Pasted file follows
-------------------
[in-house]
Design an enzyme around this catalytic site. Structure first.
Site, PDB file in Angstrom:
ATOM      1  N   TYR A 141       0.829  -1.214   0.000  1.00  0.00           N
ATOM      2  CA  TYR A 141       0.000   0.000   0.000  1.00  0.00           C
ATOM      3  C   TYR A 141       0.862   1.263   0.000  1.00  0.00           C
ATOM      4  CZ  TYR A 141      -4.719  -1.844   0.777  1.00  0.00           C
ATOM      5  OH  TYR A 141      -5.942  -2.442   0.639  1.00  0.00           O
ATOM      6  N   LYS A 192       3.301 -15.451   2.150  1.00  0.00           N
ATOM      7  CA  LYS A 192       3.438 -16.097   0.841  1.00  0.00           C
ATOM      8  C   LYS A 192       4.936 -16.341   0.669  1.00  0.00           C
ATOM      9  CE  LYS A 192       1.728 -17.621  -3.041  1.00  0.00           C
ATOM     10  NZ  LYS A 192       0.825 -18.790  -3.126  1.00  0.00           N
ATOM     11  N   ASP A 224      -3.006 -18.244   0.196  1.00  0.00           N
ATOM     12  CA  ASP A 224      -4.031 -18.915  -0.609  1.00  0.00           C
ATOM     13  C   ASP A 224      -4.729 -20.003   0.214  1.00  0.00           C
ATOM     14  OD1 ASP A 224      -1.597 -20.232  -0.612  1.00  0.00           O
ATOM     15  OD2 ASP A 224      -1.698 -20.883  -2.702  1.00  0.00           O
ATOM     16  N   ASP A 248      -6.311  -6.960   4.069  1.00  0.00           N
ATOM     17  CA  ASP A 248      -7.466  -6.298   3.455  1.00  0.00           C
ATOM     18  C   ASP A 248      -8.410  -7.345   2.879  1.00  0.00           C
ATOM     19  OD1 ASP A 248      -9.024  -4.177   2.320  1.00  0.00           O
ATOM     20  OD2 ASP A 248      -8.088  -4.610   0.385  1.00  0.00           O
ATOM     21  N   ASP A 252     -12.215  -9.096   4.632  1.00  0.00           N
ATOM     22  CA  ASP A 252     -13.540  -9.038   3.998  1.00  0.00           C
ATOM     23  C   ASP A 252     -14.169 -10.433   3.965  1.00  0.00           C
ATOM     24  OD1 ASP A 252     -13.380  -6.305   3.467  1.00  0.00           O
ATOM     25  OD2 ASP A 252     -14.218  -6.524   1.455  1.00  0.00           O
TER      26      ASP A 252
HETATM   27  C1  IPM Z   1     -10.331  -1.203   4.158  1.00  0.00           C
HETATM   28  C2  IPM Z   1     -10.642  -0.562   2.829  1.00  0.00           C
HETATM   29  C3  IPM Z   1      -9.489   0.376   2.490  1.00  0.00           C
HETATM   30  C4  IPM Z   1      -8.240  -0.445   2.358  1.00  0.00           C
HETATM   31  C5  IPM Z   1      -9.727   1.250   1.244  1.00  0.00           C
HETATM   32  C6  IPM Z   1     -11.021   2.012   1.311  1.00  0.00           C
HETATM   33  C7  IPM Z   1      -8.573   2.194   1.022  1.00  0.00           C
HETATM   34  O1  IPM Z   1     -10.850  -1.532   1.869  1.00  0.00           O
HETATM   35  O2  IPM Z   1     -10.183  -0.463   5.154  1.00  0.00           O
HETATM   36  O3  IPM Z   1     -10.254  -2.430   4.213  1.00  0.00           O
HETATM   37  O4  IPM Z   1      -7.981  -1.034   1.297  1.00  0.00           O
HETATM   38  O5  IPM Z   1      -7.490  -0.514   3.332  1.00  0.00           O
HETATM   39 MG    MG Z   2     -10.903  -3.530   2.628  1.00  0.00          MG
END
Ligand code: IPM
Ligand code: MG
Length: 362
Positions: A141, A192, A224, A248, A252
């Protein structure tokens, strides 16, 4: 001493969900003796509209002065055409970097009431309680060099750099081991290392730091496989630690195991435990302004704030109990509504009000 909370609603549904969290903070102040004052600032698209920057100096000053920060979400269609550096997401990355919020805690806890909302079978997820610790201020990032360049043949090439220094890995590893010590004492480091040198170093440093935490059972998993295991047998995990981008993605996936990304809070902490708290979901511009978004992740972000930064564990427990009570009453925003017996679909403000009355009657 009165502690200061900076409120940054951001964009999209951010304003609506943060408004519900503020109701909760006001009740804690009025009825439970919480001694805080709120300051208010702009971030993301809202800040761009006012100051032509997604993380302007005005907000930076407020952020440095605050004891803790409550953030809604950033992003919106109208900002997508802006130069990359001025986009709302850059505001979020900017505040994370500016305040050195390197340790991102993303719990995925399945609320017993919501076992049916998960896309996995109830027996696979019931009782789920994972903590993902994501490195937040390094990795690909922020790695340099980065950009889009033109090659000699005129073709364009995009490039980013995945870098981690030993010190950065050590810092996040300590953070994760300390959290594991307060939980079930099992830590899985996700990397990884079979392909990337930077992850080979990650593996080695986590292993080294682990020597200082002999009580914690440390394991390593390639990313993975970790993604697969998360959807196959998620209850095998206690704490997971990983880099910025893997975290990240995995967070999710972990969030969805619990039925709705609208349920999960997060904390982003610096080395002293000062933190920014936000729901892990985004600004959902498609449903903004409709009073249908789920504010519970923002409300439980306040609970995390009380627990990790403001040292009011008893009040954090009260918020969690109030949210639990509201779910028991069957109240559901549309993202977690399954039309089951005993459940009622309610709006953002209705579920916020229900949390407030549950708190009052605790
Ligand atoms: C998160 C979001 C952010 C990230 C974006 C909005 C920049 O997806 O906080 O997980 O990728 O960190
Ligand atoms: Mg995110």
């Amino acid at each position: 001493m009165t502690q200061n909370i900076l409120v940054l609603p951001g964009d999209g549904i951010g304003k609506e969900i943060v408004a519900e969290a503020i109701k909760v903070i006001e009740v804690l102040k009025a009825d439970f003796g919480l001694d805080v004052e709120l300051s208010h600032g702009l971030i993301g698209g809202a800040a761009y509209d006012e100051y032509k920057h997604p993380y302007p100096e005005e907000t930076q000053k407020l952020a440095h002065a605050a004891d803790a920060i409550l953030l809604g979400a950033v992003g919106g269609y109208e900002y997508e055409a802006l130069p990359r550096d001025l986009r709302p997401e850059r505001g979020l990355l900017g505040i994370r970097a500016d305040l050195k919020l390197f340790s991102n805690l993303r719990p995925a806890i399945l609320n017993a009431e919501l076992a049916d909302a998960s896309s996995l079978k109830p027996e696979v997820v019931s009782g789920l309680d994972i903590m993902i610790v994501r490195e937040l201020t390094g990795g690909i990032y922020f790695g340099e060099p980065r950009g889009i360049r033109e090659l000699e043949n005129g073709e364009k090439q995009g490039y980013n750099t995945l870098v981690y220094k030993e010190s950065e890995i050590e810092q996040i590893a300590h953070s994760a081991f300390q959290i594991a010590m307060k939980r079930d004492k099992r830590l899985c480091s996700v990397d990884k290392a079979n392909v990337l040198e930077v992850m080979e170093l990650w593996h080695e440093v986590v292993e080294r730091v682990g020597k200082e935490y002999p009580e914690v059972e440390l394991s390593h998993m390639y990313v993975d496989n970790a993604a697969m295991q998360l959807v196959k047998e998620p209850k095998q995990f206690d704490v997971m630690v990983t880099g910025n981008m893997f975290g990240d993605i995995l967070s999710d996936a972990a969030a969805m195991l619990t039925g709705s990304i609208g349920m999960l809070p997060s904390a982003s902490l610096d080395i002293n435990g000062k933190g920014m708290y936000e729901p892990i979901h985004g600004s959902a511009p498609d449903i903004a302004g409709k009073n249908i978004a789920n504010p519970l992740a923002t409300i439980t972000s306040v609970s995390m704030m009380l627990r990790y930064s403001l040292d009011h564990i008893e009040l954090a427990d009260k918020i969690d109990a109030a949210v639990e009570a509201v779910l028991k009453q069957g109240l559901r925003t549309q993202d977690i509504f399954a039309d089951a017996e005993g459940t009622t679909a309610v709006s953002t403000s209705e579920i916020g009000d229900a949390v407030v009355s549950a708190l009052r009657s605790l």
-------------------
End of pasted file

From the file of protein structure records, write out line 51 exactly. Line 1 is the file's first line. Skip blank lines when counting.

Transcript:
């Amino acid at each position: 001493m009165t502690q200061n909370i900076l409120v940054l609603p951001g964009d999209g549904i951010g304003k609506e969900i943060v408004a519900e969290a503020i109701k909760v903070i006001e009740v804690l102040k009025a009825d439970f003796g919480l001694d805080v004052e709120l300051s208010h600032g702009l971030i993301g698209g809202a800040a761009y509209d006012e100051y032509k920057h997604p993380y302007p100096e005005e907000t930076q000053k407020l952020a440095h002065a605050a004891d803790a920060i409550l953030l809604g979400a950033v992003g919106g269609y109208e900002y997508e055409a802006l130069p990359r550096d001025l986009r709302p997401e850059r505001g979020l990355l900017g505040i994370r970097a500016d305040l050195k919020l390197f340790s991102n805690l993303r719990p995925a806890i399945l609320n017993a009431e919501l076992a049916d909302a998960s896309s996995l079978k109830p027996e696979v997820v019931s009782g789920l309680d994972i903590m993902i610790v994501r490195e937040l201020t390094g990795g690909i990032y922020f790695g340099e060099p980065r950009g889009i360049r033109e090659l000699e043949n005129g073709e364009k090439q995009g490039y980013n750099t995945l870098v981690y220094k030993e010190s950065e890995i050590e810092q996040i590893a300590h953070s994760a081991f300390q959290i594991a010590m307060k939980r079930d004492k099992r830590l899985c480091s996700v990397d990884k290392a079979n392909v990337l040198e930077v992850m080979e170093l990650w593996h080695e440093v986590v292993e080294r730091v682990g020597k200082e935490y002999p009580e914690v059972e440390l394991s390593h998993m390639y990313v993975d496989n970790a993604a697969m295991q998360l959807v196959k047998e998620p209850k095998q995990f206690d704490v997971m630690v990983t880099g910025n981008m893997f975290g990240d993605i995995l967070s999710d996936a972990a969030a969805m195991l619990t039925g709705s990304i609208g349920m999960l809070p997060s904390a982003s902490l610096d080395i002293n435990g000062k933190g920014m708290y936000e729901p892990i979901h985004g600004s959902a511009p498609d449903i903004a302004g409709k009073n249908i978004a789920n504010p519970l992740a923002t409300i439980t972000s306040v609970s995390m704030m009380l627990r990790y930064s403001l040292d009011h564990i008893e009040l954090a427990d009260k918020i969690d109990a109030a949210v639990e009570a509201v779910l028991k009453q069957g109240l559901r925003t549309q993202d977690i509504f399954a039309d089951a017996e005993g459940t009622t679909a309610v709006s953002t403000s209705e579920i916020g009000d229900a949390v407030v009355s549950a708190l009052r009657s605790l």